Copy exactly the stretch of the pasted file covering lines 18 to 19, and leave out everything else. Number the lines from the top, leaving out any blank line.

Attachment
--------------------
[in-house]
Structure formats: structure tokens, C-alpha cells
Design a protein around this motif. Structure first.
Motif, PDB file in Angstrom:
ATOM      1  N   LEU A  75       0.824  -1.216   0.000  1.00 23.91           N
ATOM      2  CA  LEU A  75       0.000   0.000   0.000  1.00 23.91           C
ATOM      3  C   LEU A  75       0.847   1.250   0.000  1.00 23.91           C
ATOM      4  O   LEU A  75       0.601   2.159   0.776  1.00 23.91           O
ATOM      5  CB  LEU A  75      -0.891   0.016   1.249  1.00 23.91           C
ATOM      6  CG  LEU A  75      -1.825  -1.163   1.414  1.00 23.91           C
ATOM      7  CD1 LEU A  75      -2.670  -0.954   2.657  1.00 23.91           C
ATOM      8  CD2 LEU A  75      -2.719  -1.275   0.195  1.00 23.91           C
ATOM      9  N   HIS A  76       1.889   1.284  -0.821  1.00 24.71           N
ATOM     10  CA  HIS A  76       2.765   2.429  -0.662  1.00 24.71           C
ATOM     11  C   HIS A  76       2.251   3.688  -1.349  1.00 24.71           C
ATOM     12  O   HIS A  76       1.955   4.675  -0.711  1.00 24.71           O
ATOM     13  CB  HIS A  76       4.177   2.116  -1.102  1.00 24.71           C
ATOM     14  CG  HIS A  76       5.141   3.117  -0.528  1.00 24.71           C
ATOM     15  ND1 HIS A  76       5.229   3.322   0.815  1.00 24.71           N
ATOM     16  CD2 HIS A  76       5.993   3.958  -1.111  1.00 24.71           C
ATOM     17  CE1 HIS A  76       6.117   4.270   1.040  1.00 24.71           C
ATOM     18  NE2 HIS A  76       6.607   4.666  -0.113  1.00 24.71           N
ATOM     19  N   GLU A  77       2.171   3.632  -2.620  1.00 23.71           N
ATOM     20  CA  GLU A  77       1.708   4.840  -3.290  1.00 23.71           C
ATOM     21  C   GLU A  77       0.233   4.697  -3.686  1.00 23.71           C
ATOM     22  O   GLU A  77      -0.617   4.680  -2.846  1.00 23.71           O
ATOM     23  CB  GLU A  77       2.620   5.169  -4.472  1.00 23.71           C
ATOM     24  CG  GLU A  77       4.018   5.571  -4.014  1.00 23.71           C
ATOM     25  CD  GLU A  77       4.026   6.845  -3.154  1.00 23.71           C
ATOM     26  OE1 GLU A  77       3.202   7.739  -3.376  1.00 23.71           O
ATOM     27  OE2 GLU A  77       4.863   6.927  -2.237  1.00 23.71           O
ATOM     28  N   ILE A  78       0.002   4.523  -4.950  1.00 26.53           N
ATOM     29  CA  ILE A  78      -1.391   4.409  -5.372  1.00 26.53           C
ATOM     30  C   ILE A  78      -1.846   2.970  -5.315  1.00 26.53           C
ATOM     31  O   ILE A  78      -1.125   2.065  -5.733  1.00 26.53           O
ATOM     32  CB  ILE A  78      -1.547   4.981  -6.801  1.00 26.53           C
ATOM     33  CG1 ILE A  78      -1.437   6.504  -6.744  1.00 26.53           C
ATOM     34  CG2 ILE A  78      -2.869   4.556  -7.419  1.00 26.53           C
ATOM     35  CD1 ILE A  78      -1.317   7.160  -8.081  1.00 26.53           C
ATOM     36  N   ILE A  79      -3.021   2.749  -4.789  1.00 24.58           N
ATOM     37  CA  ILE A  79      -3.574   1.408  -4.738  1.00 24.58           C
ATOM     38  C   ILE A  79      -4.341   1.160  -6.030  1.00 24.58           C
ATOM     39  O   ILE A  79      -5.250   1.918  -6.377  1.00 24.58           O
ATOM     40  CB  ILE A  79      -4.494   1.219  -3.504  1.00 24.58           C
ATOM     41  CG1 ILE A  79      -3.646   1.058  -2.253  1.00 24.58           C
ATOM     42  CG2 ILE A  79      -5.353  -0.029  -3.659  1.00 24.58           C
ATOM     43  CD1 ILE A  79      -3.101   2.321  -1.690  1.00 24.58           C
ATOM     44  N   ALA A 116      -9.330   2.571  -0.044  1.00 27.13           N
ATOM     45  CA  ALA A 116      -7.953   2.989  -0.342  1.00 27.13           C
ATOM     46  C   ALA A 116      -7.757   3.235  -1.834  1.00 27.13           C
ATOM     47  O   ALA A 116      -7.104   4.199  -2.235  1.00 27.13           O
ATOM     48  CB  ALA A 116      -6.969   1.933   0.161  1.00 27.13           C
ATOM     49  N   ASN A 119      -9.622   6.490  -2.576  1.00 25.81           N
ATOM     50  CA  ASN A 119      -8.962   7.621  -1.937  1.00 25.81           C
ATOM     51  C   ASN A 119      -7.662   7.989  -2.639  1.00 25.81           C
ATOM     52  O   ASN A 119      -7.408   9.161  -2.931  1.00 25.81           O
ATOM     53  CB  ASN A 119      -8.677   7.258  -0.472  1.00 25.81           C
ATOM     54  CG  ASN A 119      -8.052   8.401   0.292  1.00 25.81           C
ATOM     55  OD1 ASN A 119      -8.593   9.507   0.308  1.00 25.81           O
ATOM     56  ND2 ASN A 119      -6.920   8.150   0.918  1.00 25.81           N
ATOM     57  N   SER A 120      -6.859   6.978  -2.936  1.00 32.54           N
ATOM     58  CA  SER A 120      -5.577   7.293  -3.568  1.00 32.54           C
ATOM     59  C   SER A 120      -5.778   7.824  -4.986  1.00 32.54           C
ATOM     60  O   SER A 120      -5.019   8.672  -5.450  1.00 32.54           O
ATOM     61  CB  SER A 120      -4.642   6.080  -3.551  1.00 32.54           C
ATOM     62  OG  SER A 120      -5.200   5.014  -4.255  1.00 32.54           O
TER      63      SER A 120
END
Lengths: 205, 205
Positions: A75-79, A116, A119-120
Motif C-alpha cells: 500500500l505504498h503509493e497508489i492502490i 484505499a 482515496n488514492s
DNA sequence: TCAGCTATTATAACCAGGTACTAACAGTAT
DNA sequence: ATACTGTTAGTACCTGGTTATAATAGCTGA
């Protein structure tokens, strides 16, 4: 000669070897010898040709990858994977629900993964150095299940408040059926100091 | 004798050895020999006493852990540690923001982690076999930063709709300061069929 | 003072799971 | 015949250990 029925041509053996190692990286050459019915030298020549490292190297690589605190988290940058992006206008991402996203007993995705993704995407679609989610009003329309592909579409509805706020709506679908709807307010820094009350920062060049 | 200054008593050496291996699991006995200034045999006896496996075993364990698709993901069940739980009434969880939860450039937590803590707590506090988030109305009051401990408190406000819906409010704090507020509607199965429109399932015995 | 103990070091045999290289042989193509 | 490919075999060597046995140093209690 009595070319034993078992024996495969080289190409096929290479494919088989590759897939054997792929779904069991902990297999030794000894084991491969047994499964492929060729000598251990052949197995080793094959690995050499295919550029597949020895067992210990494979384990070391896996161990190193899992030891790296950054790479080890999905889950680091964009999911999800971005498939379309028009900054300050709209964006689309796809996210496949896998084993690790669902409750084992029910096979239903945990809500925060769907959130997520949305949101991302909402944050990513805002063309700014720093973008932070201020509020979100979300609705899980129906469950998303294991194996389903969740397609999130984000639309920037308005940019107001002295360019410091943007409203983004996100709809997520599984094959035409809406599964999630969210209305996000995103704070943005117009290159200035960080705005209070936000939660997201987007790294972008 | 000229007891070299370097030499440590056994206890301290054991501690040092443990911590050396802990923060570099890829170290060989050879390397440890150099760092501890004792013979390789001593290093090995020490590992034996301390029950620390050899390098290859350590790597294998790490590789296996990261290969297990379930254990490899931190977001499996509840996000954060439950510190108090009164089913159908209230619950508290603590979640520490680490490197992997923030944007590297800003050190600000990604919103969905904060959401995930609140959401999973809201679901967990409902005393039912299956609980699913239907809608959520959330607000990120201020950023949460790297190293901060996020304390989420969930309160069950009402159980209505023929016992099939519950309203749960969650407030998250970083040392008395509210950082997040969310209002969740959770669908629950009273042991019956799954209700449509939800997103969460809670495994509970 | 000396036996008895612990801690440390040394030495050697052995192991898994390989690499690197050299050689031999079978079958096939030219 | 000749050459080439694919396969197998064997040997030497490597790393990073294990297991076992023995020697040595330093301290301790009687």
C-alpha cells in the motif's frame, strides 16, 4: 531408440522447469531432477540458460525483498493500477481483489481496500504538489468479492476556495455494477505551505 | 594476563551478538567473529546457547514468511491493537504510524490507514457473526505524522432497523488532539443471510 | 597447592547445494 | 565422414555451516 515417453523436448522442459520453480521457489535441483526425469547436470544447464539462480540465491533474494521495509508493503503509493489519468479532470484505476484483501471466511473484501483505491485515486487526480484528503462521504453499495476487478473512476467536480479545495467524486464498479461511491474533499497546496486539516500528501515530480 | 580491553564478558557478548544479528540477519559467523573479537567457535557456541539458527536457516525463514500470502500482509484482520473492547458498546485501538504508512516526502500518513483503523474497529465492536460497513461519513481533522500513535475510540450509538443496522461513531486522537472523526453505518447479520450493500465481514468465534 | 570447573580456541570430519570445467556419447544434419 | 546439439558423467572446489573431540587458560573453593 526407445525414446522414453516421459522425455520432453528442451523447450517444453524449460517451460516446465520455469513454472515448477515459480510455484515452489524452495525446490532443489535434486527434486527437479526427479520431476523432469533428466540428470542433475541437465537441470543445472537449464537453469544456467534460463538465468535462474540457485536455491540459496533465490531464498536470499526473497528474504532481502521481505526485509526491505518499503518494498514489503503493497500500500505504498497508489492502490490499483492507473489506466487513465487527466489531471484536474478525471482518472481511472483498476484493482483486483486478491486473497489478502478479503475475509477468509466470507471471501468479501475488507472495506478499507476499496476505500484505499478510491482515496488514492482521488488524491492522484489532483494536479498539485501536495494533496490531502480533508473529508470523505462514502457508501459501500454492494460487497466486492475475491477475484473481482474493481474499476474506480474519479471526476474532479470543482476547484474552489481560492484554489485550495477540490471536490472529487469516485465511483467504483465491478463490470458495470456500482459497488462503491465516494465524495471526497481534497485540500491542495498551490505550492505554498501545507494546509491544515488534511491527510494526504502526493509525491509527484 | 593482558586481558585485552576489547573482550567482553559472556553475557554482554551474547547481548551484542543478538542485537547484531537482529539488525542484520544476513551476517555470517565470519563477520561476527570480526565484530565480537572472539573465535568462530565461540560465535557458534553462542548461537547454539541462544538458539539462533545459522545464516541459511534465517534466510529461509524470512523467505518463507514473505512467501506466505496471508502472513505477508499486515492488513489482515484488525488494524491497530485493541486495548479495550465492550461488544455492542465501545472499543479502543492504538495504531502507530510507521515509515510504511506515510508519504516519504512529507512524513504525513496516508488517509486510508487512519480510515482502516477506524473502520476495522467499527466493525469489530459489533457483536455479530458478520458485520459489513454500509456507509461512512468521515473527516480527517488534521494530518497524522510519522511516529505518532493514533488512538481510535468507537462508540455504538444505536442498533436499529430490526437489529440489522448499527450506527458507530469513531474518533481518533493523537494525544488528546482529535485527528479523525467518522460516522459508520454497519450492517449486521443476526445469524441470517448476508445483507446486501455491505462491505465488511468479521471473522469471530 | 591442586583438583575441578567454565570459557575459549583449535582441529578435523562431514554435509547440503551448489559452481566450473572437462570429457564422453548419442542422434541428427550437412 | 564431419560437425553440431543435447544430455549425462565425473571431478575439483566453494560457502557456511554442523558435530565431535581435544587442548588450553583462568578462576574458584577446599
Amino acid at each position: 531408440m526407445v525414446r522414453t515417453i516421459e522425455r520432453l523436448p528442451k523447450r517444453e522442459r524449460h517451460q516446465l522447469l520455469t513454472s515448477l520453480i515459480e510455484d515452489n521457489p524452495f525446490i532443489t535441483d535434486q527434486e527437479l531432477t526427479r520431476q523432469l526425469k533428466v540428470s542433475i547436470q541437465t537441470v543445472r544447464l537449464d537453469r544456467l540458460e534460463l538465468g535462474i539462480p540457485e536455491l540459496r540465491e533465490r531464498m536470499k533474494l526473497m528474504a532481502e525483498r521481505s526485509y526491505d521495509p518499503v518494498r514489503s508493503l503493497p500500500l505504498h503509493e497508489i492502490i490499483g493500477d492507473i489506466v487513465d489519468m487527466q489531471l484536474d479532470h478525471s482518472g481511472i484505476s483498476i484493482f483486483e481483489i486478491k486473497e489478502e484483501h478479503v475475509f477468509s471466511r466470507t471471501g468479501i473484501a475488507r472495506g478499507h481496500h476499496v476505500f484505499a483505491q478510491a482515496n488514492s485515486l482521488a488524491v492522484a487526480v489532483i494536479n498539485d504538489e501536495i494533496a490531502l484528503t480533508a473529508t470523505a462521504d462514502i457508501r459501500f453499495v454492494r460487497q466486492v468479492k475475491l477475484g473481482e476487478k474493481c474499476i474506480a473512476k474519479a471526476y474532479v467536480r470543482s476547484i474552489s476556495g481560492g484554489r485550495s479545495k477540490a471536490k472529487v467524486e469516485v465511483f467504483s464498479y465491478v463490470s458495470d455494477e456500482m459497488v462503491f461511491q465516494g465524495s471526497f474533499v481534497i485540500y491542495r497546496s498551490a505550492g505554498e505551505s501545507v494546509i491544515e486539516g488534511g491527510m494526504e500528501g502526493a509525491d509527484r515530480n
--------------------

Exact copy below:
ATOM     14  CG  HIS A  76       5.141   3.117  -0.528  1.00 24.71           C
ATOM     15  ND1 HIS A  76       5.229   3.322   0.815  1.00 24.71           N